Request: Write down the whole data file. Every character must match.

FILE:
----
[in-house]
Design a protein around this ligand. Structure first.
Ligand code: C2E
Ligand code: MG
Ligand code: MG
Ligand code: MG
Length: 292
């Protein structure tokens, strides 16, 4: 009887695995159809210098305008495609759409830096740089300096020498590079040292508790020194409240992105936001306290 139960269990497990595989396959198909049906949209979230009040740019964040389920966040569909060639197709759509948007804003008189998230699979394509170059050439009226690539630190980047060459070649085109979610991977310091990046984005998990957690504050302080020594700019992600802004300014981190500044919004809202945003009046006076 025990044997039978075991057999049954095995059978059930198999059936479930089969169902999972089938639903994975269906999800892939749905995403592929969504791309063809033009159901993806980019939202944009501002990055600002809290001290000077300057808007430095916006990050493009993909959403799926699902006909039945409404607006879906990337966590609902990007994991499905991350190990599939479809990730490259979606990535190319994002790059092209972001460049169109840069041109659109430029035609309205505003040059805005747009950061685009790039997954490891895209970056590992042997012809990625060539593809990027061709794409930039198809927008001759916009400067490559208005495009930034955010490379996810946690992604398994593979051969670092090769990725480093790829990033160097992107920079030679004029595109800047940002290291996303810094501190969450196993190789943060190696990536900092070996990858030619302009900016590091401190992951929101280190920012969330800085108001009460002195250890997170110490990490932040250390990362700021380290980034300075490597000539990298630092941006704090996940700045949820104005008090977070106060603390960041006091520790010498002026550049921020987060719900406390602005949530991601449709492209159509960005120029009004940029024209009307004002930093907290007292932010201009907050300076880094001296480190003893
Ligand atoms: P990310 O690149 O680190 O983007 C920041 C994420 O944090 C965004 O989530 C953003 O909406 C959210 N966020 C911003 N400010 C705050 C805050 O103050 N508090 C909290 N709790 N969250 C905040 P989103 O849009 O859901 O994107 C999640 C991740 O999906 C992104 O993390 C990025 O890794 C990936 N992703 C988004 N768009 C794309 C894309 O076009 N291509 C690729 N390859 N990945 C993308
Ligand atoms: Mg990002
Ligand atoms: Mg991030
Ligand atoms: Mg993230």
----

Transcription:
[in-house]
Design a protein around this ligand. Structure first.
Ligand code: C2E
Ligand code: MG
Ligand code: MG
Ligand code: MG
Length: 292
């Protein structure tokens, strides 16, 4: 009887695995159809210098305008495609759409830096740089300096020498590079040292508790020194409240992105936001306290 139960269990497990595989396959198909049906949209979230009040740019964040389920966040569909060639197709759509948007804003008189998230699979394509170059050439009226690539630190980047060459070649085109979610991977310091990046984005998990957690504050302080020594700019992600802004300014981190500044919004809202945003009046006076 025990044997039978075991057999049954095995059978059930198999059936479930089969169902999972089938639903994975269906999800892939749905995403592929969504791309063809033009159901993806980019939202944009501002990055600002809290001290000077300057808007430095916006990050493009993909959403799926699902006909039945409404607006879906990337966590609902990007994991499905991350190990599939479809990730490259979606990535190319994002790059092209972001460049169109840069041109659109430029035609309205505003040059805005747009950061685009790039997954490891895209970056590992042997012809990625060539593809990027061709794409930039198809927008001759916009400067490559208005495009930034955010490379996810946690992604398994593979051969670092090769990725480093790829990033160097992107920079030679004029595109800047940002290291996303810094501190969450196993190789943060190696990536900092070996990858030619302009900016590091401190992951929101280190920012969330800085108001009460002195250890997170110490990490932040250390990362700021380290980034300075490597000539990298630092941006704090996940700045949820104005008090977070106060603390960041006091520790010498002026550049921020987060719900406390602005949530991601449709492209159509960005120029009004940029024209009307004002930093907290007292932010201009907050300076880094001296480190003893
Ligand atoms: P990310 O690149 O680190 O983007 C920041 C994420 O944090 C965004 O989530 C953003 O909406 C959210 N966020 C911003 N400010 C705050 C805050 O103050 N508090 C909290 N709790 N969250 C905040 P989103 O849009 O859901 O994107 C999640 C991740 O999906 C992104 O993390 C990025 O890794 C990936 N992703 C988004 N768009 C794309 C894309 O076009 N291509 C690729 N390859 N990945 C993308
Ligand atoms: Mg990002
Ligand atoms: Mg991030
Ligand atoms: Mg993230």